Adverse possession is a legal concept that has been around for centuries. It allows a person to claim ownership of a property that they have used, maintained, and possessed openly and continuously for a certain period of time, even if they do not have legal title to the property. In Arkansas, adverse possession is governed by specific common law requirements as well as a statute, all of which must be satisfied before a claim for adverse possession can be successful.
What Is Adverse Possession?
Adverse possession is the process by which a person can acquire ownership by using and occupying property as though it is their own. This is based on the principle that if someone has been using and occupying a piece of property for a long enough period of time without challenge from the legal owner, they should be allowed to claim ownership of the property. The public policy that supports this is the idea that as a society we do not want land to sit unused when others could make economic or other use of it.
Essential, adverse possession is a "use it or lose it" concept. If a legal owner of property does not take steps to assert their ownership rights over a period of time, they can lose their land. Thus, it is always advisable that owners routinely check their property for signs of use by others.
Requirements in Arkansas
In Arkansas, to establish a claim for adverse possession, certain requirements must be met. These include:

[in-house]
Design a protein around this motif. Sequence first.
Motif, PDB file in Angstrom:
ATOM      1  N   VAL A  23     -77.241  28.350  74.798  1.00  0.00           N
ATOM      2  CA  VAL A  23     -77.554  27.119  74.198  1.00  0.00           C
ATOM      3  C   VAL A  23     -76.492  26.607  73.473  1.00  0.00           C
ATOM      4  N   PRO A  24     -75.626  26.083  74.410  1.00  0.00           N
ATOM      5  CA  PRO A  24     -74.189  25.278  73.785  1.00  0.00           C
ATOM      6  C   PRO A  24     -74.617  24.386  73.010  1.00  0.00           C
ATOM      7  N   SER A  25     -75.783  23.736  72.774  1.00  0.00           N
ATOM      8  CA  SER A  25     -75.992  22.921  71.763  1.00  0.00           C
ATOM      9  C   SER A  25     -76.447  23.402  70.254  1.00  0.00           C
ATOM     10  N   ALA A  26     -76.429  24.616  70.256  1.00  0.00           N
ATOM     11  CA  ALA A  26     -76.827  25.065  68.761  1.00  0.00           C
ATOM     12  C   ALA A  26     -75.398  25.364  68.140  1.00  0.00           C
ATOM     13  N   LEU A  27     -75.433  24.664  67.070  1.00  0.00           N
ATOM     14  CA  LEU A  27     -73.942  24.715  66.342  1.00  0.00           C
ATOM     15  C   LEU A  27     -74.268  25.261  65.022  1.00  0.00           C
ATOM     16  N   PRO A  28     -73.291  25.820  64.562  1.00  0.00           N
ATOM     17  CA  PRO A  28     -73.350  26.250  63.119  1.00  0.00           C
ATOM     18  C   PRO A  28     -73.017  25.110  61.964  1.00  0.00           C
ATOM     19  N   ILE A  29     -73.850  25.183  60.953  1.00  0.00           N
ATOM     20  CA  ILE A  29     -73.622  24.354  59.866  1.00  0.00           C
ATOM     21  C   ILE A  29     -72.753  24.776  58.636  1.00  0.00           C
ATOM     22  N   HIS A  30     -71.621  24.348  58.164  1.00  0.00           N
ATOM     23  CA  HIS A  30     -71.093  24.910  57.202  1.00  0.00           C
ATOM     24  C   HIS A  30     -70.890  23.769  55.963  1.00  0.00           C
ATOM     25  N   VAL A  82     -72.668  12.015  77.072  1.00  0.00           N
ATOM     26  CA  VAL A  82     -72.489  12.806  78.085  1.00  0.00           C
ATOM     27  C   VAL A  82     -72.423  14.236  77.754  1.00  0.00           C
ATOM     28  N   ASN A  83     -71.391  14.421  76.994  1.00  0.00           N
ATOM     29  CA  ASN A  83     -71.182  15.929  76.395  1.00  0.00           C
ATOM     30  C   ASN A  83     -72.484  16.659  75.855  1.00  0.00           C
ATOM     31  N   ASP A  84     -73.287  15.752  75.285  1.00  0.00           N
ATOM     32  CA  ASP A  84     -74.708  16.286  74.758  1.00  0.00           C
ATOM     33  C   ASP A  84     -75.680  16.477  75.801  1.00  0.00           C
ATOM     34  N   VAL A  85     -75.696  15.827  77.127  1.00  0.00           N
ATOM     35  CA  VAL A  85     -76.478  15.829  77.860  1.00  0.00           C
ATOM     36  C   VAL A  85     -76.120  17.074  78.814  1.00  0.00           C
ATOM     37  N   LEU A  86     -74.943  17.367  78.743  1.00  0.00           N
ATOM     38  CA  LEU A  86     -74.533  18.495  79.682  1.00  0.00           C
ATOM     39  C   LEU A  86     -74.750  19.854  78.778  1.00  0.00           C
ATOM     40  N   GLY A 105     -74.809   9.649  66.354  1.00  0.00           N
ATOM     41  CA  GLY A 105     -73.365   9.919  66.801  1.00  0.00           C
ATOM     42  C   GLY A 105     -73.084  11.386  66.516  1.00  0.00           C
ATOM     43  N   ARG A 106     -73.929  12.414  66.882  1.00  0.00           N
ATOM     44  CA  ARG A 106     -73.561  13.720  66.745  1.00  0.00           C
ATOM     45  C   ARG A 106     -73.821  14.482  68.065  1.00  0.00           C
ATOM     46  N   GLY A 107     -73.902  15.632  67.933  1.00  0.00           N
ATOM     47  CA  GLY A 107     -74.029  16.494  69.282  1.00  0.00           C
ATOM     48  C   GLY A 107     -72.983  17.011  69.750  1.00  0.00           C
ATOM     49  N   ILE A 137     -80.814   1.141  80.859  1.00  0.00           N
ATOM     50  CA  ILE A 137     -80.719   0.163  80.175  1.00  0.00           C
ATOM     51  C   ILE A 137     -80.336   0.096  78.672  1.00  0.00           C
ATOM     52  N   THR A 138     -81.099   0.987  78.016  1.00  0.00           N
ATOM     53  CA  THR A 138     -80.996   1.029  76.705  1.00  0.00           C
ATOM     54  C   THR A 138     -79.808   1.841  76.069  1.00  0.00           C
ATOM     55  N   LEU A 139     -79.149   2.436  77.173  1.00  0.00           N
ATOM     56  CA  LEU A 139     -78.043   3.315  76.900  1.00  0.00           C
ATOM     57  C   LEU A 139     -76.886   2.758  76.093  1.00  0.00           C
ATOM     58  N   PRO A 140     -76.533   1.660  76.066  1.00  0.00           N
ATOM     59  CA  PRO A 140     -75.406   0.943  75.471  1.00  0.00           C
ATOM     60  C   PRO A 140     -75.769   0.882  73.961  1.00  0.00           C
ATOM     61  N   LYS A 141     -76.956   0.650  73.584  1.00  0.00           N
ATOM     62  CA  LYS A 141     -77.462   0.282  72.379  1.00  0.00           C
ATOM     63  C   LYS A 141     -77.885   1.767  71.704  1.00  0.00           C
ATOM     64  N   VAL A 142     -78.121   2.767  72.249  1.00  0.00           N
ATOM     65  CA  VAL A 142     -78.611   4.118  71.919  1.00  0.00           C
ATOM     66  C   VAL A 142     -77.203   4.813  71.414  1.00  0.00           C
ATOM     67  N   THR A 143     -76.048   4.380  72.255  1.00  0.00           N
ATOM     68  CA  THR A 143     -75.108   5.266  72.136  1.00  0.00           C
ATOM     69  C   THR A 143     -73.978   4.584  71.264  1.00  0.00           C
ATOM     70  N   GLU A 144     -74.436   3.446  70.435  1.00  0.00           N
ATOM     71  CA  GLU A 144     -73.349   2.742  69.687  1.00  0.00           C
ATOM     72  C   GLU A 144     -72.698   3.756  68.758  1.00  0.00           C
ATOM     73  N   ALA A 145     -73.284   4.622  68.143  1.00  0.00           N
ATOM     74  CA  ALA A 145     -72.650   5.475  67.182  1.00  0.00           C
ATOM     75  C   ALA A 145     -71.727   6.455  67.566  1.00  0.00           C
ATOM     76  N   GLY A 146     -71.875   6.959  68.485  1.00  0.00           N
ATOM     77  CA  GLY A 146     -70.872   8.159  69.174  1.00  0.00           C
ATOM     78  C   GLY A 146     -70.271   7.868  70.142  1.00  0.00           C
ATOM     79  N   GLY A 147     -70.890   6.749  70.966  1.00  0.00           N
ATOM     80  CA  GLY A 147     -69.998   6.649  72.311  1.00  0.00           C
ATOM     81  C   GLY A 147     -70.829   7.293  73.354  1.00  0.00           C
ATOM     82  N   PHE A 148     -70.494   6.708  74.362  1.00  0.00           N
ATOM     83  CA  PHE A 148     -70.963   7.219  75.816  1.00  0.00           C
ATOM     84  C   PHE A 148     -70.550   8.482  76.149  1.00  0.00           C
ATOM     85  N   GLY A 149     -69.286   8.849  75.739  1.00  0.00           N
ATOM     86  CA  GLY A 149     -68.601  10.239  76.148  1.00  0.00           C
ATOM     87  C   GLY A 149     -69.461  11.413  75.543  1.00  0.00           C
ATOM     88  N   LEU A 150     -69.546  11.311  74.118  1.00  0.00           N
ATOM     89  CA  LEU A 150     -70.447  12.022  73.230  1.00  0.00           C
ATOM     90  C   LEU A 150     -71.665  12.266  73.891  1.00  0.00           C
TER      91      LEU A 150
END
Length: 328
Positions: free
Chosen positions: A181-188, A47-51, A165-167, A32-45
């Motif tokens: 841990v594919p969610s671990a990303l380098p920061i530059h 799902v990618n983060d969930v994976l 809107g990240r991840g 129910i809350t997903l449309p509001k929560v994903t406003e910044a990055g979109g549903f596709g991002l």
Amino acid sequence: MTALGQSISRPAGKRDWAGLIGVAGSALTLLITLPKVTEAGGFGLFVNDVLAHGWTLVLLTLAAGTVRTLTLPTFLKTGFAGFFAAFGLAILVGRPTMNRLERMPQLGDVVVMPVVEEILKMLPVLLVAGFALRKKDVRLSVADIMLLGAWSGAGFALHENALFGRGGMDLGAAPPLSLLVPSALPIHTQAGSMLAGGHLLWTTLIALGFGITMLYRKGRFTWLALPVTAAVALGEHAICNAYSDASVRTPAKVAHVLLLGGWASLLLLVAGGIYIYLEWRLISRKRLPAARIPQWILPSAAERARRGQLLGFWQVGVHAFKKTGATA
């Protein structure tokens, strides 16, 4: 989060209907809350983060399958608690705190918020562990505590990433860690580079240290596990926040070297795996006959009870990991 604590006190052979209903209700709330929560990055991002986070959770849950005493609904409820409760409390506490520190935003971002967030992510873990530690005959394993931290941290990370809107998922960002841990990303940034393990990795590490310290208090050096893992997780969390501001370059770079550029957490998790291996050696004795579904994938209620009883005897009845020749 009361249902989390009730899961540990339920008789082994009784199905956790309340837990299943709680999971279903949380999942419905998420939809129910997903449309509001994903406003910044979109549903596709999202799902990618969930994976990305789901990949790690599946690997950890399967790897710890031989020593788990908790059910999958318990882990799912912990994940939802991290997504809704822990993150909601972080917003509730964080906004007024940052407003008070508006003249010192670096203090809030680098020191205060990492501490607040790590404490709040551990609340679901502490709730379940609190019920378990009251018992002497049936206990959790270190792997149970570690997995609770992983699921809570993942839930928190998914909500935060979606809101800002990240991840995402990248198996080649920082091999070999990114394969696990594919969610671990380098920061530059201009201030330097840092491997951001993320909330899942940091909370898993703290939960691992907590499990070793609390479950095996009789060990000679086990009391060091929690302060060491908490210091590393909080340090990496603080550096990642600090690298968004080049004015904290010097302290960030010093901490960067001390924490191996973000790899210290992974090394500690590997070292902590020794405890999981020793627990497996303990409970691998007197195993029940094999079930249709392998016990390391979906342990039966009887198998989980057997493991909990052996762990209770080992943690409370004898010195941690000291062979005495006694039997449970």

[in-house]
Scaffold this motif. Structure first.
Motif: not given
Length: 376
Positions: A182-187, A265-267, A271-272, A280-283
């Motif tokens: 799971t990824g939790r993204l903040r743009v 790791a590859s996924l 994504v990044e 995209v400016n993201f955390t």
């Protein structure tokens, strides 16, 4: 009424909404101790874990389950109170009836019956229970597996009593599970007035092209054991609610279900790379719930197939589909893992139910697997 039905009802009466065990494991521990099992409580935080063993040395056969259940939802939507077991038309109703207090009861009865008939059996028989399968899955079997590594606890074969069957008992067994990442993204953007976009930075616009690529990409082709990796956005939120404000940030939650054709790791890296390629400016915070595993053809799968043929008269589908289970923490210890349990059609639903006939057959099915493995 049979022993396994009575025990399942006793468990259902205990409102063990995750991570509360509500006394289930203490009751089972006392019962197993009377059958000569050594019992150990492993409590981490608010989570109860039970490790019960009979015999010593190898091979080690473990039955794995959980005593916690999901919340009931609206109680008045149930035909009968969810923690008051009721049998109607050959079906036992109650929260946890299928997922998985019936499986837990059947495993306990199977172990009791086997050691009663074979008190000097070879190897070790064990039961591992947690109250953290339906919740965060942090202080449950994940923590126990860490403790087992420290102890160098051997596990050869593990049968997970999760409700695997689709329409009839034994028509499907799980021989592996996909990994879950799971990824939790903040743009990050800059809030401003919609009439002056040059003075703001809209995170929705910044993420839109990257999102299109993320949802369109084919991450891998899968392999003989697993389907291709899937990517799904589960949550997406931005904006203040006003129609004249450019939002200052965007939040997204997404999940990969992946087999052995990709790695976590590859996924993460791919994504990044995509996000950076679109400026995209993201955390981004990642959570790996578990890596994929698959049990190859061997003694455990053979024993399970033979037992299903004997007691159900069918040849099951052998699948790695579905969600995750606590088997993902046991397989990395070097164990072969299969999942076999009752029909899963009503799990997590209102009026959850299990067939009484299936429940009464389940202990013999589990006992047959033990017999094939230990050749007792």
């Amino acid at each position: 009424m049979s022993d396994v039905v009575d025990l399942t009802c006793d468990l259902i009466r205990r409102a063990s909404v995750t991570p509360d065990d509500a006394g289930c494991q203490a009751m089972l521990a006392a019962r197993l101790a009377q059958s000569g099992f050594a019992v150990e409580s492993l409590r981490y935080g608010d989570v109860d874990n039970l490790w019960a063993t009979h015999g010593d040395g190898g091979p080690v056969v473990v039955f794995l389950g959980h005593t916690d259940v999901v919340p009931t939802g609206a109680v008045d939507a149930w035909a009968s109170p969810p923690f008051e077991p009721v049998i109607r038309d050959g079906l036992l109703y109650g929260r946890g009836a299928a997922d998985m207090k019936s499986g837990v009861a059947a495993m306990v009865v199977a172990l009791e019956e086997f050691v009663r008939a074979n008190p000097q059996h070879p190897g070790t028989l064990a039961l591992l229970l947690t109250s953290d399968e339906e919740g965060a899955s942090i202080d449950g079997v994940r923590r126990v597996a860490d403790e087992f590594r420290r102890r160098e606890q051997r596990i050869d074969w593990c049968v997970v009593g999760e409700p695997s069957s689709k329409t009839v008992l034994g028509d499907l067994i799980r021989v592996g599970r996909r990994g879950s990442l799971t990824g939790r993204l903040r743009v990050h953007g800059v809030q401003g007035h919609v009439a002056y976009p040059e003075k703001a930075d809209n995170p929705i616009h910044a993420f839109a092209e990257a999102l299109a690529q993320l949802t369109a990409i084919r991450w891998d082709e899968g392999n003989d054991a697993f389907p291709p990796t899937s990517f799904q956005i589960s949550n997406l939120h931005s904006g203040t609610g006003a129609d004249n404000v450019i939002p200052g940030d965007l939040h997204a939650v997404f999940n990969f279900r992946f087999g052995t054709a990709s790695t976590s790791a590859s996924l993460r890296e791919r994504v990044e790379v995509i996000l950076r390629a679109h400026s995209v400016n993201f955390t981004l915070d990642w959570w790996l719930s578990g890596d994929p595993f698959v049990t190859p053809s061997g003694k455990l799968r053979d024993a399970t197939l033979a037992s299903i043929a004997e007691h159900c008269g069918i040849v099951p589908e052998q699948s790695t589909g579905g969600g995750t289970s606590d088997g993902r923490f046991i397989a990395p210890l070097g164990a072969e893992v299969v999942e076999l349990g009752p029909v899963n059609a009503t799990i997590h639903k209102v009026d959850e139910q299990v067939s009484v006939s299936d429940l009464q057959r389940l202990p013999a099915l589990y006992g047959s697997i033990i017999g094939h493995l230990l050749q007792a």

- Open and Notorious Possession: The possession of the property must be open and notorious, meaning that it is visible and apparent to anyone who might pass by the property. This means that the claimant must use and occupy the property in a way that is visible to the public.
- Continuous Possession: The claimant must possess the property continuously for a period of seven years. This means that the claimant must use and occupy the property as if they were the legal owner for the entire seven-year period without interruption.
- Exclusive Possession: The claimant must possess the property exclusively. This means that they must be the only ones using and occupying the property during the seven-year period. If other people are using or occupying the property, the claimant cannot establish a claim for adverse possession.
- Hostile Possession: The possession of the property must be hostile to the legal owner. This means that the claimant must use and occupy the property without the permission of the legal owner. However, this does not mean that the claimant must act with ill will or animosity towards the legal owner. It simply means that the claimant must use and occupy the property without the legal owner's permission.
- Actual Possession: The claimant must have actual possession of the property. This means that they must physically use and occupy the property in a way that is consistent with their claim of ownership and is done in such a way that a title owner would use the land.
- Payment of Taxes: The claimant must have paid ad valorem taxes on the parcel or on an adjacent and contiguous parcel every year for the seven years prior to their claim. This is a statutory requirement.
If these requirements are met, the claimant may be able to establish a claim for adverse possession in Arkansas.
If you are considering making a claim for adverse possession in Arkansas, it is important to consult with an experienced real estate attorney who can guide you through the process and help you navigate the complexities of the law. If you are a landowner, it is imperative you take swift action to prevent this from happening.